April has been an unusually strong month for metal, and I really have struggled to keep this list down to a manageable level. So much good music, so little time! Let’s have a look at what the metal world has given us this month then…
As usual, we’ll proceed in no particular order, but we’ll start with a couple of bands with the word ‘king’ in their names, because why not? The first – Wolf King. Loyal to the Soil is a blistering trip through blackened hardcore territories. If this music doesn’t get the blood pumping and the heart racing, then I don’t know what will.
The second ‘king’ I have for you is the mighty King Goat with Debt of Aeons. I’ll be entirely honest with you about this album – I just absolutely love it. This is charismatic and emotive progressive doom metal of a singular order. If this album doesn’t end up near, or at, the very top of this year’s end of year best of list, I’ll be shocked. Shocked I say! Debt of Aeons is just brilliant in every way. It’s an important album.
So, after a write up like that, where do you go next? Death metal is the answer. In fact, I find death metal to be the answer to a surprising amount of questions. Evil Upheaval is Depravity’s debut album, and it’s an absolute monster. Filled with the kind of well-written and aggressively moreish death metal that you can just eat up by the bloody bucketful, this is a punishing album that’s a first-rate listen.
Jord by Møl is a raging slice of shimmering, ethereal beauty, one that has sharp teeth that can do a lot of damage. Combining resplendent melody with a base of blackened aggression that’s fiery and barbed, Møl’s debut album is an emotive and joyous blackgaze assault on the senses that will leave you bewildered and bleeding.
Like Jord, Feast for Water by Messa is another beautiful album with a heart of darkness. Unlike Jord, however, even though there’s a pinch of black metal in Messa’s sound, they’re a doom metal band at their core. The music on this album has been lovingly crafted and gently pulls heartstrings with ease. The singer’s emotive and captivating vocals entice you in, while the music finishes you off. Spellbinding.
Melted on the Inch by Boss Keloid is an album that’s been greatly anticipated by yours truly, and it hasn’t disappointed. Immense in both songwriting and delivery, and with the kind of singer who easily draws all attention to him with his booming, powerful voice, this is a superlative work of modern sludge/doom. This is the kind of album that could open all kinds of doors for Boss Keloid, and I can’t wait to see where they go from this.
Back into blackened waters, and it’s time for you to check out The Apostates by Glorior Belli. Have you ever heard anything as wondrously adventurously charismatic as this? Who knew that combining black metal and Southern-flavoured hard rock could work so well? The artist behind Glorior Belli clearly did, of course, as he’s been doing this for years, and The Apostates is his best work so far.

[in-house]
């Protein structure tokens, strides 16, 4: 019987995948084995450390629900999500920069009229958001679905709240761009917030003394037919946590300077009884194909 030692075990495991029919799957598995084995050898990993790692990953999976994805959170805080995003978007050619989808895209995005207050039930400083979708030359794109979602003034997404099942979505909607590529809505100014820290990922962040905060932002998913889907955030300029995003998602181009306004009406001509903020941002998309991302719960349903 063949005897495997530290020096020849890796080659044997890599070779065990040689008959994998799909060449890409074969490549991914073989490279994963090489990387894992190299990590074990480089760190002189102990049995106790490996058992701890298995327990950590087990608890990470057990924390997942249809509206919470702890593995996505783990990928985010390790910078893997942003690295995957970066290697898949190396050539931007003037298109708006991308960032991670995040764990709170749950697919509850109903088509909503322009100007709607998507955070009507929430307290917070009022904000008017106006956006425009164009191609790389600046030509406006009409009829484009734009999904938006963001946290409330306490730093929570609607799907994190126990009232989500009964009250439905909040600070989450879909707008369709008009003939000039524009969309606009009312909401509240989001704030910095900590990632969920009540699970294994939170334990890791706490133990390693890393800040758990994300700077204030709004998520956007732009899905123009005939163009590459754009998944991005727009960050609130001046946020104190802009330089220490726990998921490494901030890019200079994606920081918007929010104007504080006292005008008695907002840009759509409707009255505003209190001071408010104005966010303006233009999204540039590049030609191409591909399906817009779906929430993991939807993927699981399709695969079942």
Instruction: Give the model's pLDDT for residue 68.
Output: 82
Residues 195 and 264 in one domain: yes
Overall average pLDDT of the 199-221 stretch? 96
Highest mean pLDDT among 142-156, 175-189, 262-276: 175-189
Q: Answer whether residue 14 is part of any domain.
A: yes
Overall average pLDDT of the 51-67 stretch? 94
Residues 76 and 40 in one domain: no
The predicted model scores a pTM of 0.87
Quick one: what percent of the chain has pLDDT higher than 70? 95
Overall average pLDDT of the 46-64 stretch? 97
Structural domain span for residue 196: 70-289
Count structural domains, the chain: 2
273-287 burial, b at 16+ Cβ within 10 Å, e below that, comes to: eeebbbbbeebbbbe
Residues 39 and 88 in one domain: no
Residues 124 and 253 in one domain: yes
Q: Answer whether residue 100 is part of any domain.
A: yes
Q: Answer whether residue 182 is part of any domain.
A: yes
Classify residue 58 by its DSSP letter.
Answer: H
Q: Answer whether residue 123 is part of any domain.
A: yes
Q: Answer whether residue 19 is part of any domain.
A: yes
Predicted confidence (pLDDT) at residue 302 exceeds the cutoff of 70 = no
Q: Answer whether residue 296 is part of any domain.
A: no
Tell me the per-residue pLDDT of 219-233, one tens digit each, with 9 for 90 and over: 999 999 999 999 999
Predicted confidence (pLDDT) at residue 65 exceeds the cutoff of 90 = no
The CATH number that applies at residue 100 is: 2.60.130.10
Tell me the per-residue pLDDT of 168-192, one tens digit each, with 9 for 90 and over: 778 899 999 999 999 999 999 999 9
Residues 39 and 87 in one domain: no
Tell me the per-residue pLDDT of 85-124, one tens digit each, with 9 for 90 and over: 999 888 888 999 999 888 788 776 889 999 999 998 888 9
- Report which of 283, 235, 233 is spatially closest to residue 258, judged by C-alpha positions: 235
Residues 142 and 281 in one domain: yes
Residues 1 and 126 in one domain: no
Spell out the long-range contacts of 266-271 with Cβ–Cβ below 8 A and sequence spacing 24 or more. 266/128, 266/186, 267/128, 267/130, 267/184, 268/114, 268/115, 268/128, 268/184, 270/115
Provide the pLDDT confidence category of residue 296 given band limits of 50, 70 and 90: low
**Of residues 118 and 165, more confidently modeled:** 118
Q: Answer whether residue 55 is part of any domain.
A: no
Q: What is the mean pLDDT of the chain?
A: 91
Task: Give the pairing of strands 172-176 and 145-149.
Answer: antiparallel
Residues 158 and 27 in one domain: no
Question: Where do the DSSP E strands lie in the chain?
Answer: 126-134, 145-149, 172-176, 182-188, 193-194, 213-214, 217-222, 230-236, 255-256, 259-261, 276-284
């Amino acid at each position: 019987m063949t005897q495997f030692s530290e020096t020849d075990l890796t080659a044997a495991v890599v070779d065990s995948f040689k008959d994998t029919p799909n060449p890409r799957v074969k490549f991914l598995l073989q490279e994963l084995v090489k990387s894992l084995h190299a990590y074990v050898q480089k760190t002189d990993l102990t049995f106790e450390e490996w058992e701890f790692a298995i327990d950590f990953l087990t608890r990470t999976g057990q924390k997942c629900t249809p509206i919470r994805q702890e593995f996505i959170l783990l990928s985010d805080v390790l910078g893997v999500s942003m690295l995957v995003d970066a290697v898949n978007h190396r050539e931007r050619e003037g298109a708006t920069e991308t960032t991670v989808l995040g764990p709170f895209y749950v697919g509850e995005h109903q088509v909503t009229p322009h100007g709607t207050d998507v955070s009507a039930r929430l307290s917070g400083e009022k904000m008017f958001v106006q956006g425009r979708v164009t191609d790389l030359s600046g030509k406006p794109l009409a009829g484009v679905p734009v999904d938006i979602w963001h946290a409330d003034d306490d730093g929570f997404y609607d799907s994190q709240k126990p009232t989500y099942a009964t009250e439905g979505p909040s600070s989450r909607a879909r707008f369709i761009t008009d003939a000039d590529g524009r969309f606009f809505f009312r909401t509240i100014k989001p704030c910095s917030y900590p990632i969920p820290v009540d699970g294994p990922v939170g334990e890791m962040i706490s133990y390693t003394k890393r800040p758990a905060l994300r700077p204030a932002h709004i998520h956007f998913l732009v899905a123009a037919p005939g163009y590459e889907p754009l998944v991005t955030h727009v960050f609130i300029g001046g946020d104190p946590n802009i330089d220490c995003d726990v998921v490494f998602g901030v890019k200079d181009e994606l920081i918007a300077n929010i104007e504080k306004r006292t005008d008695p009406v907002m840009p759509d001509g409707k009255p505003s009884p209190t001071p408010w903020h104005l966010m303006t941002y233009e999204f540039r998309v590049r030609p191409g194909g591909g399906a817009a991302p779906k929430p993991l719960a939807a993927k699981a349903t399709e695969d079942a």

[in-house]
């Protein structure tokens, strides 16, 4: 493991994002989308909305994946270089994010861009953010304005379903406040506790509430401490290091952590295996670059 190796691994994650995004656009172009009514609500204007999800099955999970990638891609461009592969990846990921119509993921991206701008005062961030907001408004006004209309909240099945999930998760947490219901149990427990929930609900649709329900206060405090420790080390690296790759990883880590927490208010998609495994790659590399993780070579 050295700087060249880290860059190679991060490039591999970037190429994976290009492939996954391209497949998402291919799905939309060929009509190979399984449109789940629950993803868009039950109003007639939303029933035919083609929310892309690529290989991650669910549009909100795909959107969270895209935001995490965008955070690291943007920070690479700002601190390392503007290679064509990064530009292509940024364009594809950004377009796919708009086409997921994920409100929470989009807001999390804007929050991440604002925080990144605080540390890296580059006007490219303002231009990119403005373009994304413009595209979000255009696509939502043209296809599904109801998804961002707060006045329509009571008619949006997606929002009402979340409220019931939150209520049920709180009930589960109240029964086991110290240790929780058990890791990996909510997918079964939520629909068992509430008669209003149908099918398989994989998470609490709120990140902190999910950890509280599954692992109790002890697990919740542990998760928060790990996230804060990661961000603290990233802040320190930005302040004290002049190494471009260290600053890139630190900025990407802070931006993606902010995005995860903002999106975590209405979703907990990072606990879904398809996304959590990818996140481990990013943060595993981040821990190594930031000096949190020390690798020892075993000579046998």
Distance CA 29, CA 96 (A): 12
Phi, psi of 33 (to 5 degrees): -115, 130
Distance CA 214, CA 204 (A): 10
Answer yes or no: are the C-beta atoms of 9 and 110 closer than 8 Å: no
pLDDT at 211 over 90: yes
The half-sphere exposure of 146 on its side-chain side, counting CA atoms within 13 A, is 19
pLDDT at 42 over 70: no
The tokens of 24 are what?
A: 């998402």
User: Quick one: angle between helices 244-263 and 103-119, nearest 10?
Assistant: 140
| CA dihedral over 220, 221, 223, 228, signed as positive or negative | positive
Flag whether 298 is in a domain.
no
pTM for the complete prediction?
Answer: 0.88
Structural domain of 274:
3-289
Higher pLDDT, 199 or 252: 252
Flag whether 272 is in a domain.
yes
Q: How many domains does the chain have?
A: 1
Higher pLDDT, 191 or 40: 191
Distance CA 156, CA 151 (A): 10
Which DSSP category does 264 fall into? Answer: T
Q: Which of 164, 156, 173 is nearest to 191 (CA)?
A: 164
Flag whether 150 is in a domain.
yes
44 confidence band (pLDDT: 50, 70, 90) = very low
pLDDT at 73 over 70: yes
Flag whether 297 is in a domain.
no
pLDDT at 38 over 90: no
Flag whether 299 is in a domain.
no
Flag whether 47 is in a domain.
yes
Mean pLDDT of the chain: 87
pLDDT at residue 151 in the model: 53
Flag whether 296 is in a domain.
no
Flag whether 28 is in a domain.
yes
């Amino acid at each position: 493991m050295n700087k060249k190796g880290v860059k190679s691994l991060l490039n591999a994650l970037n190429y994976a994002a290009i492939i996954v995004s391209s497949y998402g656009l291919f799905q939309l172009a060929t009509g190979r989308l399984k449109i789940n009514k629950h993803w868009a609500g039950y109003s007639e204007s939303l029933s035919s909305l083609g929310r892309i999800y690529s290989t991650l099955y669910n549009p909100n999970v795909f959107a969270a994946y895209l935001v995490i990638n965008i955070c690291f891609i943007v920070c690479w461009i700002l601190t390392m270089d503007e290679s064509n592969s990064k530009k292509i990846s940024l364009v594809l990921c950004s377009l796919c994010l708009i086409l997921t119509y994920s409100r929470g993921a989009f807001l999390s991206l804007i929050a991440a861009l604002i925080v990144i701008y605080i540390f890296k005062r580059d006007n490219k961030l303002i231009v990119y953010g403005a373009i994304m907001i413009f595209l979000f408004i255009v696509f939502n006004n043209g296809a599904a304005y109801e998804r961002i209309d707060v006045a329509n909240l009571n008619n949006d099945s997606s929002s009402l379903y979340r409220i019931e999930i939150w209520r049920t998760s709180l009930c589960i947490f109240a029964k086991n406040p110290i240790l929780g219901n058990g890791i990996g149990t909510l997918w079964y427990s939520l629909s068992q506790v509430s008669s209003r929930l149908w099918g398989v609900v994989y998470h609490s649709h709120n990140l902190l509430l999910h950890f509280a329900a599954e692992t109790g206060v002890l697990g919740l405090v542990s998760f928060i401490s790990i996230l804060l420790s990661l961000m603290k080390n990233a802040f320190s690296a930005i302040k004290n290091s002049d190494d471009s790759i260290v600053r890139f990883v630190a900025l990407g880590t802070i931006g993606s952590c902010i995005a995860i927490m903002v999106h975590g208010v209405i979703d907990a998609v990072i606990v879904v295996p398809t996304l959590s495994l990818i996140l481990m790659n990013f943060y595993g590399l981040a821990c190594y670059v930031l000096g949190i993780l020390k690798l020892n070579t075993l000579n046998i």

More black metal next, this time of the razor-sharp, spitting-venom variety. Nigredo’s Flesh Torn – Spirit Pierced debut full length is a dissonant, atavistic nightmare of bladed aggression and avant-garde intensity. With savage riffs and atonal melodies, this is a violent slice of darkness.
But wait, what’s that rumbling sound on the horizon? It sounds suspiciously like tank treads…Yes, Just Before Dawn are back with another rolling slab of war metal. Tides of Blood features the band’s most successful campaign yet, leaving battlefields blown wide open and strewn with the corpses of their enemies, while the band relentlessly plough forward onto their next victory. At this rate, they may actually win the entire war.
The next band I want to highlight is Altar of Perversion and their monolithic second album Intra Naos. What can you say about this album that even begins to do it justice? Here we have 114 minutes of huge songs with sinister depths. Vicious, raw black metal that’s steeped in the occult has been injected with virulent atmosphere and esoteric mood. As I said in my review, this album is a colossal achievement, one which succeeds in holding the listener’s attention throughout, despite the epic running time.
None‘s second album Life Has Gone on Long Enough may not aspire to the epic length of Intra Naos, but it’s still a very accomplished and enjoyable album. Combining the depressive and atmospheric styles of black metal into something textured and richly melancholic, None have surpassed their already impressive debut album with this new one, and despite how hideously steeped in bleak negativity may be, it’s an extremely enjoyable listen.
Es Taut is Soldat Hans’ second album, and it’s a remarkable, ambitious release. Taking a very individual and atypical approach to varied and multifaceted doom, Es Taut is an experimental album that succeeds in all aspects of its delivery. Mere text descriptions are harder to come by for a band like this, so I’ll rather lazily just ask you to read the original review, as well as insist that you give them a listen. Hugely extraordinary.
The final band on this list this month is Death Engine, with their second album Place Noire. Death Engine’s music is nuanced and charismatic, taking a modern hardcore base and building on it with all manner of post-hardcore, punk, and noise rock influences. The songs on this album are all individual and expressive. They’re completely absorbing and are all quite wonderful. Death Engine embody all that’s good and creative with forward-thinking, well-crafted heavy music, and Place Noire is a thing of vibrant beauty.